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September 2003 - A talk by John Christian

Dowser and Artist

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One of the great joys of listening to an experienced dowser is that you never know what they are going to say next.

Sure, dowsing has its established systems and styles, procedures and protocols - but seemingly everyone who has been dowsing for any length of time has their own angle on the world (or should that be dimension?), their own interests and their own path.  You could write a book on what dowsing is - and many have done so - but to try to explain even a smidgeon of what it all means and where it is taking us would fill a library (or should that be a database?).

John Christian is one of that rare breed of dowsers who started young. Indeed, he couldn't recall precisely when he 'started', only that his father dowsed and it is something has been with him, and been part of his life, ever since.

Much of John's talk related to the earth energies of ancient sites, both locally and abroad, which was clearly of great interest to the TDs.  His style of using an OHP foil of the plan of a site - and then an overlay of the various energy lines present - was both clear and informative.

John understands the various energies strongly in terms of their colours - something that the TDs are just coming to terms with - so this was a significant topic of discussion.  Many of the sites he illustrated were local, indeed some were places we had visited ourselves.  However, John had also dowsed in Australia, when visiting his daughter and it is interesting, and perhaps reassuring, to note that the perception of energy colours seems to be international.  In the world of dowsing, there is so much that is personal opinion and unconfirmed conjecture, that it is nice, occasionally, to come across something that seems to have some concrete worldwide application - at least in the physical world.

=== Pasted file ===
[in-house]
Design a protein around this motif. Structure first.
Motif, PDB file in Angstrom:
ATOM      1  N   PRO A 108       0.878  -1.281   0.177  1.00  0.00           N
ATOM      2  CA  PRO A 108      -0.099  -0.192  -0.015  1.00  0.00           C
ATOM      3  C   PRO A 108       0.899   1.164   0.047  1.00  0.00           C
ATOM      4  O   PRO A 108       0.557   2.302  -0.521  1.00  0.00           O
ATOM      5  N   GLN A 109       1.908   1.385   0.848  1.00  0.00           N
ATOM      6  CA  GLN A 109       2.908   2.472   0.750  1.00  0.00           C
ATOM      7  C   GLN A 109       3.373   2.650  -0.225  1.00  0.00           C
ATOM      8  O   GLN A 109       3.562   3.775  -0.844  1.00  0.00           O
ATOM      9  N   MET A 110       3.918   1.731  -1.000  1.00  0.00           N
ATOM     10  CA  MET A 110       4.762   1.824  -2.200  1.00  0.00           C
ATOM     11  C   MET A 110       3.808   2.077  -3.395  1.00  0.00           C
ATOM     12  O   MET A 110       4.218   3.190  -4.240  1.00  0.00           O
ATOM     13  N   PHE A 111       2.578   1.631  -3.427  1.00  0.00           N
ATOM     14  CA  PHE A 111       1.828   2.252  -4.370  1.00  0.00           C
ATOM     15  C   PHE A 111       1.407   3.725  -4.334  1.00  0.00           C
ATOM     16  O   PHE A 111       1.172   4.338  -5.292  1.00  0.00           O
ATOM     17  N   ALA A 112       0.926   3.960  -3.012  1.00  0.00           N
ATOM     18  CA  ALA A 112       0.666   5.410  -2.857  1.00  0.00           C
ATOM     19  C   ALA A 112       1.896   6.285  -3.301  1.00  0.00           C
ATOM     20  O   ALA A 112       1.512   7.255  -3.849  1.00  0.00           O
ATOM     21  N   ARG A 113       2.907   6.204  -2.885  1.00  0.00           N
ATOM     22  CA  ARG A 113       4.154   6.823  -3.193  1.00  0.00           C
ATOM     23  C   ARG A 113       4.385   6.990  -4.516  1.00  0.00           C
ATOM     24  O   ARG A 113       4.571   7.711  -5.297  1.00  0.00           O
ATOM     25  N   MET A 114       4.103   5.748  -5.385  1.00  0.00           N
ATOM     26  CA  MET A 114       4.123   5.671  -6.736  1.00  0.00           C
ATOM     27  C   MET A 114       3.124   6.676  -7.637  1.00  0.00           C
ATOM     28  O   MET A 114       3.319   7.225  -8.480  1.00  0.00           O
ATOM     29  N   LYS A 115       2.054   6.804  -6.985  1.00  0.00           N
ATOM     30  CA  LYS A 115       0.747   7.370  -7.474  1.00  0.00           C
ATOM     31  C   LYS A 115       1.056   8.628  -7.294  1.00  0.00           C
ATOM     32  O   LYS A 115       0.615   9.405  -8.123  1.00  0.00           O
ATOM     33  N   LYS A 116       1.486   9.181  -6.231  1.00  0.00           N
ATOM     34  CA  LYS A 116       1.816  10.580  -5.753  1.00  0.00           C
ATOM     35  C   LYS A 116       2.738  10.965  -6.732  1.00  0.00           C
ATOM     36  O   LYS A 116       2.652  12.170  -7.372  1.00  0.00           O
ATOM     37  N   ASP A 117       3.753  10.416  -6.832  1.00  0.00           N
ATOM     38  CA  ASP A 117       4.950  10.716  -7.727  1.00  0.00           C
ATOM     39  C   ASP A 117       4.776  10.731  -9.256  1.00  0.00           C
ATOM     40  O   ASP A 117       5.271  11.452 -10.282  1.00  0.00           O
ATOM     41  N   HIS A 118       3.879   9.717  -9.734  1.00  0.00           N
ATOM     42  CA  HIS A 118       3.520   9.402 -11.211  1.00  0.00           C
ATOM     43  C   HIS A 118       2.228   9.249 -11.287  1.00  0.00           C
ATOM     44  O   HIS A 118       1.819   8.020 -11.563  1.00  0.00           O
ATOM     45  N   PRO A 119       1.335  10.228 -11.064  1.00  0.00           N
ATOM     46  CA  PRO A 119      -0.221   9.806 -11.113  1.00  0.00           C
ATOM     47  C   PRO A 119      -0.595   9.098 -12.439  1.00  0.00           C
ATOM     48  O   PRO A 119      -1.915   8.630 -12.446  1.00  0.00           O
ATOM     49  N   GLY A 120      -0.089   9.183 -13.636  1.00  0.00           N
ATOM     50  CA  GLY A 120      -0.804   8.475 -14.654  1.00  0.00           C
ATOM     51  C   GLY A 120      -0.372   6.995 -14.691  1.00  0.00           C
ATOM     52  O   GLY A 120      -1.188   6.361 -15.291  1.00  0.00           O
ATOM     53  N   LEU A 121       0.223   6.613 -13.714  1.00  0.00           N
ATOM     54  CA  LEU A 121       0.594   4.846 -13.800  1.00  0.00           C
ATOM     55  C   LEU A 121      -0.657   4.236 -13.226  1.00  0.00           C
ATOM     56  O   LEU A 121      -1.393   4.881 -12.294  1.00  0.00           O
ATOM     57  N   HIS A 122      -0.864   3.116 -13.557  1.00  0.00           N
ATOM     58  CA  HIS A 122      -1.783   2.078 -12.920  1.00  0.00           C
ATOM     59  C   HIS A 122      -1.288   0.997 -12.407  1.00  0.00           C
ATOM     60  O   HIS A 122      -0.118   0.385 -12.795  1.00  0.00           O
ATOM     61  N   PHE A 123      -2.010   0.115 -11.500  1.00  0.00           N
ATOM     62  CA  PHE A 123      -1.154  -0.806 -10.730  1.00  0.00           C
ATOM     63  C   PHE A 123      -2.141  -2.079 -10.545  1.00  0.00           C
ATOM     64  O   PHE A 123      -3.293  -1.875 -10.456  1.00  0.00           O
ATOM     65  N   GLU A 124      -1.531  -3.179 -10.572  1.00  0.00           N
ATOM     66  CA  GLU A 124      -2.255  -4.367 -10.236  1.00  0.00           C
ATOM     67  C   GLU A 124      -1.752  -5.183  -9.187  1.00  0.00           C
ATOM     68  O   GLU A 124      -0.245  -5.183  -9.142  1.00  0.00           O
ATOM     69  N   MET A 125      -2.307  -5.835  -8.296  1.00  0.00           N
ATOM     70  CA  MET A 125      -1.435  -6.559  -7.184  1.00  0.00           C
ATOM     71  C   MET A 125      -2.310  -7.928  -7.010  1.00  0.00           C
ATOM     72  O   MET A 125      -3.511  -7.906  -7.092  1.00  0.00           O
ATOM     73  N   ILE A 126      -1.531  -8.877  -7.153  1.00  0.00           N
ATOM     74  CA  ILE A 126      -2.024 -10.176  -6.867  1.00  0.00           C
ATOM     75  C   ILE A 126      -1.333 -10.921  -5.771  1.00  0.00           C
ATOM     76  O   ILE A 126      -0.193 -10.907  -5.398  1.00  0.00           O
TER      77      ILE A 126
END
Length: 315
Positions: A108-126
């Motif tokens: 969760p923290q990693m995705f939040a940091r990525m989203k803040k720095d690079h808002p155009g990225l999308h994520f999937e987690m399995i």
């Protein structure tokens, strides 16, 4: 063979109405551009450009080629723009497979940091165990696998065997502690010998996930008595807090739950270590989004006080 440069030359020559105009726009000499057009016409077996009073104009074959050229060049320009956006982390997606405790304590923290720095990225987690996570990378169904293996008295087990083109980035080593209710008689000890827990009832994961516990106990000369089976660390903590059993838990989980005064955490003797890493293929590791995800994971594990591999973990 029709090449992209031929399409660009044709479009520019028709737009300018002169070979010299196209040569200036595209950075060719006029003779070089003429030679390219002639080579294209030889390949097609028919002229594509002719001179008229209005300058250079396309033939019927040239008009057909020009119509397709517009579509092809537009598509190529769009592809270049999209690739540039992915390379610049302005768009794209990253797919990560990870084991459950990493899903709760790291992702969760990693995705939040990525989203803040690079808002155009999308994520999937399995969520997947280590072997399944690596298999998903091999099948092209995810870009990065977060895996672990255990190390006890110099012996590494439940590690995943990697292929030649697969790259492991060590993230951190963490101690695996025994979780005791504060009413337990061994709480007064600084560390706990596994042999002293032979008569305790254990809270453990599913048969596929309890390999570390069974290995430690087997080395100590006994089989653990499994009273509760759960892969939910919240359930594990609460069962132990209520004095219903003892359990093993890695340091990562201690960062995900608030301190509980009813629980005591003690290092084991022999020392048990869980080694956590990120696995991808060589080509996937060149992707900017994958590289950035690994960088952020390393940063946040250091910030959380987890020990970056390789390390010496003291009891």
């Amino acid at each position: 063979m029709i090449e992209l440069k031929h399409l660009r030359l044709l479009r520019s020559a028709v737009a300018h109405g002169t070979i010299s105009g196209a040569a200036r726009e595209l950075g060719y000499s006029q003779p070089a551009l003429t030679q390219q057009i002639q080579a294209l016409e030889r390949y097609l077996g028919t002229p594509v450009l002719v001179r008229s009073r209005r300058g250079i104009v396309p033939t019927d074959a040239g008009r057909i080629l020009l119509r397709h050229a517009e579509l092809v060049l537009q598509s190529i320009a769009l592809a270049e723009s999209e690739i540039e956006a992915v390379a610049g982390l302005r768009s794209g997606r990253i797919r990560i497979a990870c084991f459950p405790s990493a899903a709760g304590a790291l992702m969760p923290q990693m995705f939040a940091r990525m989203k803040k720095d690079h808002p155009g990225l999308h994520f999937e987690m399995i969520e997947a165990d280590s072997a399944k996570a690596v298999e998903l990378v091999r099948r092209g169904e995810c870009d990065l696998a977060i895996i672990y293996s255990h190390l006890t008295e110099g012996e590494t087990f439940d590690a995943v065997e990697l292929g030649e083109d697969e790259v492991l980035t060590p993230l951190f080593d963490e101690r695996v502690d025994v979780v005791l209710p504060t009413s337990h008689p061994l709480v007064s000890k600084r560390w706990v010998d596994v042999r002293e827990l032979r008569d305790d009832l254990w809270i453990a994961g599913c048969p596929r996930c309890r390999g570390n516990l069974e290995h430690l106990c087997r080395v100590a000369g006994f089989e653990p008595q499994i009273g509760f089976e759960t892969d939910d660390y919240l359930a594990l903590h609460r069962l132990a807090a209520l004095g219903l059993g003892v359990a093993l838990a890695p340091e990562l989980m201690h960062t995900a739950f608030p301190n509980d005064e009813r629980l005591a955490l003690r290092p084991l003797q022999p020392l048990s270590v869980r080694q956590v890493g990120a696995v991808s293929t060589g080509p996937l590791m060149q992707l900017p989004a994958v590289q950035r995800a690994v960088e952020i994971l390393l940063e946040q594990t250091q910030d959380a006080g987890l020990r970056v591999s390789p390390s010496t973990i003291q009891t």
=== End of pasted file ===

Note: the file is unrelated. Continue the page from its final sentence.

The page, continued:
John has other dowsing interests, which include map dowsing and distance healing, but we could only get a flavour of his vast experience in one session.
I would just like to thank John for taking the trouble to travel over from Gidleigh to talk to us, to Annie for setting it up and of course to Jacki for being our host.

Footnote: The following Sunday, I visited one of the sites mentioned in John's talk - the stone circle at Scorhill.   I did confirm the red, black and white lines entering the site, splitting into their component parts and reforming to continue their journey - just as he had described.  Now did I find what I expected to find . . . ?  Maybe that's another talk for another day.

Nigel Twinn

Tamar Dowsers

September 2003

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